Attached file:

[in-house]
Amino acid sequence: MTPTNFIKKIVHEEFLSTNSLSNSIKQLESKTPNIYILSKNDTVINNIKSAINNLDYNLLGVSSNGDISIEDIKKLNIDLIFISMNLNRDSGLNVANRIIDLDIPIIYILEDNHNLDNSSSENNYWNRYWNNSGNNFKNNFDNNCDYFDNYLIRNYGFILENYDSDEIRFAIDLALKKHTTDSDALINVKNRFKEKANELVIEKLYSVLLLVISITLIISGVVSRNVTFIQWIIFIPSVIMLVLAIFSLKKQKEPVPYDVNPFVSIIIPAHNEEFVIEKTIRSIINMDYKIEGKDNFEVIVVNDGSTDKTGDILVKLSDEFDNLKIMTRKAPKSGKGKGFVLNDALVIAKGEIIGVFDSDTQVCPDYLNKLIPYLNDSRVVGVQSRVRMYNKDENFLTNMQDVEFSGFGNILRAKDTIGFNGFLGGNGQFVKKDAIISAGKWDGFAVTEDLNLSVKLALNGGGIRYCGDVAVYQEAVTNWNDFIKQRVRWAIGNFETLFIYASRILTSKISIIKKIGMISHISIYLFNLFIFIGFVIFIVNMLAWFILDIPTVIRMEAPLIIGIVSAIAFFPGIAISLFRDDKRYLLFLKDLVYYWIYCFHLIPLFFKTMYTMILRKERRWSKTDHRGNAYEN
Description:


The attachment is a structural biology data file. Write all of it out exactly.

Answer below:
[in-house]
Amino acid sequence: MTPTNFIKKIVHEEFLSTNSLSNSIKQLESKTPNIYILSKNDTVINNIKSAINNLDYNLLGVSSNGDISIEDIKKLNIDLIFISMNLNRDSGLNVANRIIDLDIPIIYILEDNHNLDNSSSENNYWNRYWNNSGNNFKNNFDNNCDYFDNYLIRNYGFILENYDSDEIRFAIDLALKKHTTDSDALINVKNRFKEKANELVIEKLYSVLLLVISITLIISGVVSRNVTFIQWIIFIPSVIMLVLAIFSLKKQKEPVPYDVNPFVSIIIPAHNEEFVIEKTIRSIINMDYKIEGKDNFEVIVVNDGSTDKTGDILVKLSDEFDNLKIMTRKAPKSGKGKGFVLNDALVIAKGEIIGVFDSDTQVCPDYLNKLIPYLNDSRVVGVQSRVRMYNKDENFLTNMQDVEFSGFGNILRAKDTIGFNGFLGGNGQFVKKDAIISAGKWDGFAVTEDLNLSVKLALNGGGIRYCGDVAVYQEAVTNWNDFIKQRVRWAIGNFETLFIYASRILTSKISIIKKIGMISHISIYLFNLFIFIGFVIFIVNMLAWFILDIPTVIRMEAPLIIGIVSAIAFFPGIAISLFRDDKRYLLFLKDLVYYWIYCFHLIPLFFKTMYTMILRKERRWSKTDHRGNAYEN
Description: